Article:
The tip of the shadow of the moon Tethys is cut off where it crosses Saturn's B ring, demonstrating the variations in density across the planet's rings.
Most of Tethys' shadow is seen lying across the A ring and Cassini Division in this view which looks toward the unilluminated side of the rings from about 50 degrees above the ringplane. The densest part of the A ring and the denser B ring let neither sunlight nor the darkness of Tethys' shadow pass through to the spacecraft's camera, so the moon's shadow appears cut off. The B ring appears brightly lit here from Saturnshine. Tethys itself is not shown. See Shadow Slipping Through for view of Tethys' shadow cut off more abruptly by the B ring.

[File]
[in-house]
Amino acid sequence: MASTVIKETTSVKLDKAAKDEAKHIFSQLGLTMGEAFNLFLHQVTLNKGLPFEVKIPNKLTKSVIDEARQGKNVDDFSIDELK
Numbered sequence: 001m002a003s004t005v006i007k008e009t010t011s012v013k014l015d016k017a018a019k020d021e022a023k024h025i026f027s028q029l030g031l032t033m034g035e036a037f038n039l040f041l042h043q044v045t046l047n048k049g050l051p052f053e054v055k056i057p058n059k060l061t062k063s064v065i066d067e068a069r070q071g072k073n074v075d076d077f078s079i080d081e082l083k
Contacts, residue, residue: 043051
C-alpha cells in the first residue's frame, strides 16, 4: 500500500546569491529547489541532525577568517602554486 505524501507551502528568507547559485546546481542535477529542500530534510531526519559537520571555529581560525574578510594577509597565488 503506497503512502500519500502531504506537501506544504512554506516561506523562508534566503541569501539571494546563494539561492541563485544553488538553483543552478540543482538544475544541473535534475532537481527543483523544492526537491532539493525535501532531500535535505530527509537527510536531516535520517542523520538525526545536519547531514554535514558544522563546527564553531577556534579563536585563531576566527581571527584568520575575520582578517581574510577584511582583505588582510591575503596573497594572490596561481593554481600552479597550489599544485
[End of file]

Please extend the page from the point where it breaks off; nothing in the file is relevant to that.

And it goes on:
As Saturn approaches its August 2009 equinox, the planet's moons cast shadows onto the rings. To learn more about this special time and to see a movie of a moon's shadow moving across the rings, see Moon Shadow in Motion.
The image was taken in visible light with the Cassini spacecraft wide-angle camera on April 29, 2009. The view was acquired at a distance of approximately 1.3 million kilometers (808,000 miles) from Saturn and at a Sun-Saturn-spacecraft, or phase, angle of 52 degrees. Image scale is 76 kilometers (47 miles) per pixel.
The Cassini-Huygens mission is a cooperative project of NASA, the European Space Agency and the Italian Space Agency. The Jet Propulsion Laboratory, a division of the California Institute of Technology in Pasadena, manages the mission for NASA's Science Mission Directorate, Washington, D.C. The Cassini orbiter and its two onboard cameras were designed, developed and assembled at JPL. The imaging operations center is based at the Space Science Institute in Boulder, Colo.
Credit: NASA/JPL/Space Science Institute